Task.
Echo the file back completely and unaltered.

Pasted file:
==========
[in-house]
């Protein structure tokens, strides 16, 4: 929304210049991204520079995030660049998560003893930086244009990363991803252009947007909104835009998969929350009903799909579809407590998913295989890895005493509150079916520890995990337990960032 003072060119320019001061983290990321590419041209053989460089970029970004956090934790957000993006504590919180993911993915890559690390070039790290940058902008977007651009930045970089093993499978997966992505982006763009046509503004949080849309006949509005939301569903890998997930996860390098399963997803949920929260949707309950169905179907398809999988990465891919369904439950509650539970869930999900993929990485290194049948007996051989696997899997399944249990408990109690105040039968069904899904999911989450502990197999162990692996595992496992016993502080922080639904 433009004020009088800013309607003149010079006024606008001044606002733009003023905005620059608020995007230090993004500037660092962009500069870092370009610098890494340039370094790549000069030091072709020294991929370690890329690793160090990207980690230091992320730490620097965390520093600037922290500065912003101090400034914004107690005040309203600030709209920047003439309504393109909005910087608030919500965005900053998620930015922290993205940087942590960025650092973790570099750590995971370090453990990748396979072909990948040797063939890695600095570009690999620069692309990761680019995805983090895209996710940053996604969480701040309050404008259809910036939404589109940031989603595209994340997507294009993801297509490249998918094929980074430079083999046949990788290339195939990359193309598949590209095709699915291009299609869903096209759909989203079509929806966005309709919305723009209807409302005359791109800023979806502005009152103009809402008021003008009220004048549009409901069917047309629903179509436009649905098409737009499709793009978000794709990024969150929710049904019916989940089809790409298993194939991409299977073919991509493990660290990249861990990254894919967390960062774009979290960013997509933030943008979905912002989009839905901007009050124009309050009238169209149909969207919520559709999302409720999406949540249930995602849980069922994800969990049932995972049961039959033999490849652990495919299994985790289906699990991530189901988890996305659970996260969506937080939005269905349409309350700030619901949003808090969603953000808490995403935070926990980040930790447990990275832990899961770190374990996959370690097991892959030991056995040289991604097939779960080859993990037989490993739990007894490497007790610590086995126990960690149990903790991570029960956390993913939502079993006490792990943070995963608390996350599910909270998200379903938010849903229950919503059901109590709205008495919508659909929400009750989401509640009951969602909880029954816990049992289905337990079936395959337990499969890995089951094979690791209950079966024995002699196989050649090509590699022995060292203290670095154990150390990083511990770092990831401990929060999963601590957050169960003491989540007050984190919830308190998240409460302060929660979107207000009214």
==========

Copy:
[in-house]
């Protein structure tokens, strides 16, 4: 929304210049991204520079995030660049998560003893930086244009990363991803252009947007909104835009998969929350009903799909579809407590998913295989890895005493509150079916520890995990337990960032 003072060119320019001061983290990321590419041209053989460089970029970004956090934790957000993006504590919180993911993915890559690390070039790290940058902008977007651009930045970089093993499978997966992505982006763009046509503004949080849309006949509005939301569903890998997930996860390098399963997803949920929260949707309950169905179907398809999988990465891919369904439950509650539970869930999900993929990485290194049948007996051989696997899997399944249990408990109690105040039968069904899904999911989450502990197999162990692996595992496992016993502080922080639904 433009004020009088800013309607003149010079006024606008001044606002733009003023905005620059608020995007230090993004500037660092962009500069870092370009610098890494340039370094790549000069030091072709020294991929370690890329690793160090990207980690230091992320730490620097965390520093600037922290500065912003101090400034914004107690005040309203600030709209920047003439309504393109909005910087608030919500965005900053998620930015922290993205940087942590960025650092973790570099750590995971370090453990990748396979072909990948040797063939890695600095570009690999620069692309990761680019995805983090895209996710940053996604969480701040309050404008259809910036939404589109940031989603595209994340997507294009993801297509490249998918094929980074430079083999046949990788290339195939990359193309598949590209095709699915291009299609869903096209759909989203079509929806966005309709919305723009209807409302005359791109800023979806502005009152103009809402008021003008009220004048549009409901069917047309629903179509436009649905098409737009499709793009978000794709990024969150929710049904019916989940089809790409298993194939991409299977073919991509493990660290990249861990990254894919967390960062774009979290960013997509933030943008979905912002989009839905901007009050124009309050009238169209149909969207919520559709999302409720999406949540249930995602849980069922994800969990049932995972049961039959033999490849652990495919299994985790289906699990991530189901988890996305659970996260969506937080939005269905349409309350700030619901949003808090969603953000808490995403935070926990980040930790447990990275832990899961770190374990996959370690097991892959030991056995040289991604097939779960080859993990037989490993739990007894490497007790610590086995126990960690149990903790991570029960956390993913939502079993006490792990943070995963608390996350599910909270998200379903938010849903229950919503059901109590709205008495919508659909929400009750989401509640009951969602909880029954816990049992289905337990079936395959337990499969890995089951094979690791209950079966024995002699196989050649090509590699022995060292203290670095154990150390990083511990770092990831401990929060999963601590957050169960003491989540007050984190919830308190998240409460302060929660979107207000009214």